The Mogamma: Architectural gem or bureaucratic oddity?

Daily News Egypt
8 Min Read

The Mogamma. Much has been made of the administrative building which looms over Tahrir Square in all her majesty. And though loathed by many, its persistence in the Egyptian imaginary is remarkable.

Construction began in 1950, under the auspices of the Soviet Union.

Presenting buildings as gifts to potential allies was a familiar form of courtship for the USSR during the early years of the Cold War.

And so Cairo received its Mogamma – a name that roughly means a “collection or “coming together of things.

Architect Kamal Ismail explained the building was a “simplified form of the Islamic style. And though the Mogamma was completed before the revolution, it has become associated with Nasserist architecture.

With hundreds of buildings burned on Black Saturday in 1952, a new face of downtown emerged in the years to come. The Mogamma, with its plain styling and emphasis on central organization, was spared and in fact appropriated as a symbol of the new regime.

Today the building is still a nerve-center of activity, accomplishing many of the most basic state functions for citizens. Fourteen stories house 18,000 employees and the dozen or so ministries in which they work. Tahrir Square has changed significantly since the 1950s, and Mogamma is at the heart of a scene of juxtapositions between the colonial, capitalist and socialist eras.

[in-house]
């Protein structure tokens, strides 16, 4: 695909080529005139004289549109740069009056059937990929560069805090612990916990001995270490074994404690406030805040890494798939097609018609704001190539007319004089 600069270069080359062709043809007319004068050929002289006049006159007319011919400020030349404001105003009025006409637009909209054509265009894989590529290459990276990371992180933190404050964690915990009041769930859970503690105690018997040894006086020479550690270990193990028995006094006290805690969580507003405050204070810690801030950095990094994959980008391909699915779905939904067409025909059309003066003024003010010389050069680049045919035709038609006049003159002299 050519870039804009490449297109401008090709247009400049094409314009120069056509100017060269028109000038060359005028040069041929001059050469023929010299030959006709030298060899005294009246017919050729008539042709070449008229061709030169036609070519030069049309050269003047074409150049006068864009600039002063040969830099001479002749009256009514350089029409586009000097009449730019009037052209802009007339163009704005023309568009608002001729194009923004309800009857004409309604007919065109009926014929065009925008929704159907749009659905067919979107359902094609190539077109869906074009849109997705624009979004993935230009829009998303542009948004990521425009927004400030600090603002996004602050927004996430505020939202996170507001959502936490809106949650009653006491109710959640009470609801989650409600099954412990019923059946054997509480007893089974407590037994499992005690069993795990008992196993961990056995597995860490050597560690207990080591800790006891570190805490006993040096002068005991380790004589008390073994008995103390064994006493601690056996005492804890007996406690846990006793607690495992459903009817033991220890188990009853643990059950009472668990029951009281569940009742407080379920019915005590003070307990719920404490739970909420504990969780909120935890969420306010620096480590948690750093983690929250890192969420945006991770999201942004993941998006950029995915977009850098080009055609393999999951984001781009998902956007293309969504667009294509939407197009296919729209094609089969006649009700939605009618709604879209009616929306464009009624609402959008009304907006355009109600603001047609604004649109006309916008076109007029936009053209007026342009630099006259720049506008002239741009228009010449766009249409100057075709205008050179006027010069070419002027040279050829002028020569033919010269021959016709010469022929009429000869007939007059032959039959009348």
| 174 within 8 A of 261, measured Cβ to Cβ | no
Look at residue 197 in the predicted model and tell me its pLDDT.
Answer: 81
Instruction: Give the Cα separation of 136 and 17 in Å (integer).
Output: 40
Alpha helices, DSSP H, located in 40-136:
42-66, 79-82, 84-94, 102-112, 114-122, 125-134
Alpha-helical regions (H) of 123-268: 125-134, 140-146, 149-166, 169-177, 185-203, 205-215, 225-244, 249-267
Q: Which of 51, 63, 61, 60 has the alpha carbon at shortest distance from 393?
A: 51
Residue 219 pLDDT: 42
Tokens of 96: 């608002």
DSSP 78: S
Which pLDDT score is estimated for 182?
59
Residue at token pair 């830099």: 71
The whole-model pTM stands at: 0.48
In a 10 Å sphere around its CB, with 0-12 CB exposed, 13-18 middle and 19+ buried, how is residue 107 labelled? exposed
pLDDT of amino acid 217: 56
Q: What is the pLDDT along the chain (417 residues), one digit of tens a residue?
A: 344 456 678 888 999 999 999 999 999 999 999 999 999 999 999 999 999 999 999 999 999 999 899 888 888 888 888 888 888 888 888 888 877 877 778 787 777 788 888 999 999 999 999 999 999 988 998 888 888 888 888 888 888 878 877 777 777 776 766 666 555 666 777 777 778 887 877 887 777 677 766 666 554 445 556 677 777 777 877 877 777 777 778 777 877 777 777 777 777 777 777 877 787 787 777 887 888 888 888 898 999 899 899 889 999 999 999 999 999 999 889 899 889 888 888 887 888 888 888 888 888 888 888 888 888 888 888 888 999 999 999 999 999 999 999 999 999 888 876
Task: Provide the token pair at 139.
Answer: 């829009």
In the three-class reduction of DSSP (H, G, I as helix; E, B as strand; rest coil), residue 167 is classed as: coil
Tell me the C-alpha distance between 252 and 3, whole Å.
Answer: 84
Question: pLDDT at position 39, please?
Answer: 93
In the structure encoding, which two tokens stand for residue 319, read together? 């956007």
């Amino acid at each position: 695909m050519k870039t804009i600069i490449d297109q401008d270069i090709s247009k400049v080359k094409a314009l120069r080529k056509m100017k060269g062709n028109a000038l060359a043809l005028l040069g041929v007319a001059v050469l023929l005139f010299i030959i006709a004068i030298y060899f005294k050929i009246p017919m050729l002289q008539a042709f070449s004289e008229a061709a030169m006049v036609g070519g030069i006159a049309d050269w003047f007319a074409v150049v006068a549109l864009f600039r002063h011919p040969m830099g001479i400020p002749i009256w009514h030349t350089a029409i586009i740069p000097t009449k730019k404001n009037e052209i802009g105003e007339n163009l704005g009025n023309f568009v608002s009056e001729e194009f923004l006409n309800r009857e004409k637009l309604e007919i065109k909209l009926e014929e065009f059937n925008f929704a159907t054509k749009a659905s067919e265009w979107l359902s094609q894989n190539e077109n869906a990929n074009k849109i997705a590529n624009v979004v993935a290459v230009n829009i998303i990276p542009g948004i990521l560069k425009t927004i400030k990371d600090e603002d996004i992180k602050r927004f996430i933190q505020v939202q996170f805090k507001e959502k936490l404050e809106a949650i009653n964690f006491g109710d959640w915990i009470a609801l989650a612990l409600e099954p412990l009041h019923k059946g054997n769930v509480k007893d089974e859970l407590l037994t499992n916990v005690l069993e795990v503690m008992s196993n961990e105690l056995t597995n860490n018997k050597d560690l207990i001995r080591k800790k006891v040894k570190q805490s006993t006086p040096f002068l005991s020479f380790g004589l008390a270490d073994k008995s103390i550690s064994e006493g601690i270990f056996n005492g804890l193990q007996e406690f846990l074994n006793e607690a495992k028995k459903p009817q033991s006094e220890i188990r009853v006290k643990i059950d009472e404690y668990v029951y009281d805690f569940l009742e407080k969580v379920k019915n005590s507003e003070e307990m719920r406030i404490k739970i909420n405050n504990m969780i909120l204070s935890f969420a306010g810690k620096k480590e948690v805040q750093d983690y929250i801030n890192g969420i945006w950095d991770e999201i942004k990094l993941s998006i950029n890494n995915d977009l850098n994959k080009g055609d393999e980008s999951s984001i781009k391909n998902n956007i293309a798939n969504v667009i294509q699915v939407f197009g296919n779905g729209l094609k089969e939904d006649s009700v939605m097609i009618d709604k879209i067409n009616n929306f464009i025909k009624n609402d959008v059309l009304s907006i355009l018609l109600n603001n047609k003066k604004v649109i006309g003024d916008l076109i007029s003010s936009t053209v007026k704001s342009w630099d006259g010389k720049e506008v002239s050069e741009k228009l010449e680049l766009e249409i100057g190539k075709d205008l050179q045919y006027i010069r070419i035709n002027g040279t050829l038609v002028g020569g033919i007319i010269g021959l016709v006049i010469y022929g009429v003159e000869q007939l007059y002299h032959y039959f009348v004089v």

Employees quite literally emerge from the ground, through a vast underground parking garage or the Metro, filing in at 8 o’clock to a complex which has been characterized not by its architecture but by the bureaucratic ideology behind it. Here, design, efficiency and function were lost in the careful algorithm that is architecture.

The portico through which one enters in the front of the building is a glamorous prelude to the halls within, high with arches that span the entrance to welcome visitors inside.

In the main circular entrance there are four elevators and four lines of diligently queued employees. The tiny elevators retain a futuristic air. Panels above the elevators illuminate the floor numbers and emit a gentle “ding.

Faux green marble covers the walls, with concrete trim at the top in the design of a delta seal. What was once luxury looks dated today.

A wide banner of a waving Mubarak wraps around part of a balcony on the floor above the small “Studio Polaroid shops which sit on either side of the wide, two-way stairwell opposite. The utilitarian nature of the small elevators is met by the more elegant, ornate rails and window gratings of the staircase.

On the first floor is the passport and immigration office. But wander up the stairs and the Mogamma changes, drastically. The harsh light emanating from the first floor isn’t to be found anywhere else as darkness prevails in the stairwell and landings.

On the floors above the circular rotunda is covered by steel grating, where plastic wrappers and empty koshary tubs sit and cats prowl about. People continue walking around this central space through walls of peeling yellowed paint, oblivious to whatever garbage may be in there.